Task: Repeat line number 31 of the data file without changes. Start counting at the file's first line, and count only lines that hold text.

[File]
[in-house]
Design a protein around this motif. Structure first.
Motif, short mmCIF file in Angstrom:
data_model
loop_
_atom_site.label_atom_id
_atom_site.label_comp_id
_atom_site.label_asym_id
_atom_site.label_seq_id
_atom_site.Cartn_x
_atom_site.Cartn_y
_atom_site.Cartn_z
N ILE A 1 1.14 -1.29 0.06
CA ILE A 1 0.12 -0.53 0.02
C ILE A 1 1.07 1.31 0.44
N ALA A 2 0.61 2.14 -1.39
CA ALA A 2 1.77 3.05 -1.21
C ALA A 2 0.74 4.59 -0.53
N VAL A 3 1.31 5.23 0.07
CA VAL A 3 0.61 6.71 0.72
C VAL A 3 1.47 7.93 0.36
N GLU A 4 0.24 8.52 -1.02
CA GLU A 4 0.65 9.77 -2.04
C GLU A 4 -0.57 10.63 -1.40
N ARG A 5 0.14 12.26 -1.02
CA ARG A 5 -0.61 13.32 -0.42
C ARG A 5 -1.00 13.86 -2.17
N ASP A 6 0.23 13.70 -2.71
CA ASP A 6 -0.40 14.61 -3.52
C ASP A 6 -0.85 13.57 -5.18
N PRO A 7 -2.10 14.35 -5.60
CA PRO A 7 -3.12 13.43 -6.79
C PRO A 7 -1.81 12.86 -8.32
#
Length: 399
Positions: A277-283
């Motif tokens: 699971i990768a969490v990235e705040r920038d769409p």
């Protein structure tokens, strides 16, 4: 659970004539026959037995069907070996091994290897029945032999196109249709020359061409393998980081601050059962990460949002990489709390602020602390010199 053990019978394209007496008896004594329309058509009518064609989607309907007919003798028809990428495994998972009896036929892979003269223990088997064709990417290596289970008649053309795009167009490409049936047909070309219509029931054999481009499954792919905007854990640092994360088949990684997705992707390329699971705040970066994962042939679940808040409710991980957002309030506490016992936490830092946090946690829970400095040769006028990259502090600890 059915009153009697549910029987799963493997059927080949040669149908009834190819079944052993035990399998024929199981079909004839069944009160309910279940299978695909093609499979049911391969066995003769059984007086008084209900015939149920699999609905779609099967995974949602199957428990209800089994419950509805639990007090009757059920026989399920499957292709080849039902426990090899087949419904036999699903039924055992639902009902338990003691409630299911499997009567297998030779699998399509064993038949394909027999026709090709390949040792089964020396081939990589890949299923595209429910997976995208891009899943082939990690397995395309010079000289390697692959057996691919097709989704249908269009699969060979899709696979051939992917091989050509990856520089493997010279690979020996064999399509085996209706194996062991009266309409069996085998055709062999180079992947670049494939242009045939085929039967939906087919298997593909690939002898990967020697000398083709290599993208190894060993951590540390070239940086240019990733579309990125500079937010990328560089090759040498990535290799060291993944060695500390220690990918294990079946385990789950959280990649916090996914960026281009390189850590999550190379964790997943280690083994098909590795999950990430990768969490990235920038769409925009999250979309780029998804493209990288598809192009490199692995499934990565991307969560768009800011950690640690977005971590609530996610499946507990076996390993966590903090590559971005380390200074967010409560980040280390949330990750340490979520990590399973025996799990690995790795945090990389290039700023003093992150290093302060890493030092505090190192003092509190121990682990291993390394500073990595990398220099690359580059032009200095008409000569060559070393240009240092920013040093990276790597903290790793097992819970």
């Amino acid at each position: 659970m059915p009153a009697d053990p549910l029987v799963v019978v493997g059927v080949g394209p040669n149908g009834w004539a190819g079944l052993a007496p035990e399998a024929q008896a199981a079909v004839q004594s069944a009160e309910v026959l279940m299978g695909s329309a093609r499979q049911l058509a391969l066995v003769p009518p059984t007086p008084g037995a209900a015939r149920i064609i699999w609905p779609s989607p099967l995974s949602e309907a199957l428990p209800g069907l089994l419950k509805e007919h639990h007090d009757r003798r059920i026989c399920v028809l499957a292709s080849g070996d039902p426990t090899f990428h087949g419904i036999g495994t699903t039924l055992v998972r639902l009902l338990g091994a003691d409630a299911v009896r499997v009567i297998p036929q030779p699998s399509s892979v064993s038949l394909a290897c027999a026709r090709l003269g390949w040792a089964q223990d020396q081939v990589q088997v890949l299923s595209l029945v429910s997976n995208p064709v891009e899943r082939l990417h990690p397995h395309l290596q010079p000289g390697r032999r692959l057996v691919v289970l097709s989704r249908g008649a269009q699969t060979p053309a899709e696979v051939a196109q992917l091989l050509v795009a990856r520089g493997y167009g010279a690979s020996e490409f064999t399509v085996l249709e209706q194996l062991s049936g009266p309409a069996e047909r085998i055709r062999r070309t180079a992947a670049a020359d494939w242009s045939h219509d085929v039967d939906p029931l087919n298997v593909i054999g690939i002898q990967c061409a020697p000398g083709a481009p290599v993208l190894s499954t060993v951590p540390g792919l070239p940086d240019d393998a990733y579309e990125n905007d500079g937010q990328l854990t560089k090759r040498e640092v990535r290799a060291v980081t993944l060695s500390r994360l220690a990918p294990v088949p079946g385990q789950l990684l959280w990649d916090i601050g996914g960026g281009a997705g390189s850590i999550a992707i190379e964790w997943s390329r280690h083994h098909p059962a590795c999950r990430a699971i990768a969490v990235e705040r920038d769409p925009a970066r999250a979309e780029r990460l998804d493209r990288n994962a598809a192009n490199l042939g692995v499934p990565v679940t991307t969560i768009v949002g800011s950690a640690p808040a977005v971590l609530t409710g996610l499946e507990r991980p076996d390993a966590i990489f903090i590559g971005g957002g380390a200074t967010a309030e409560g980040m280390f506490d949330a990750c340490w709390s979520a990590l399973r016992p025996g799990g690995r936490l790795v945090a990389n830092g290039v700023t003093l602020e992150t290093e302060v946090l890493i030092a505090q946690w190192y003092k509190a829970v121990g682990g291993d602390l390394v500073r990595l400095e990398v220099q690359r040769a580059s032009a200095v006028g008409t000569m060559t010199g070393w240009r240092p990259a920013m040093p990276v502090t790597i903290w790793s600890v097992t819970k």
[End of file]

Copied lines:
N PRO A 7 -2.10 14.35 -5.60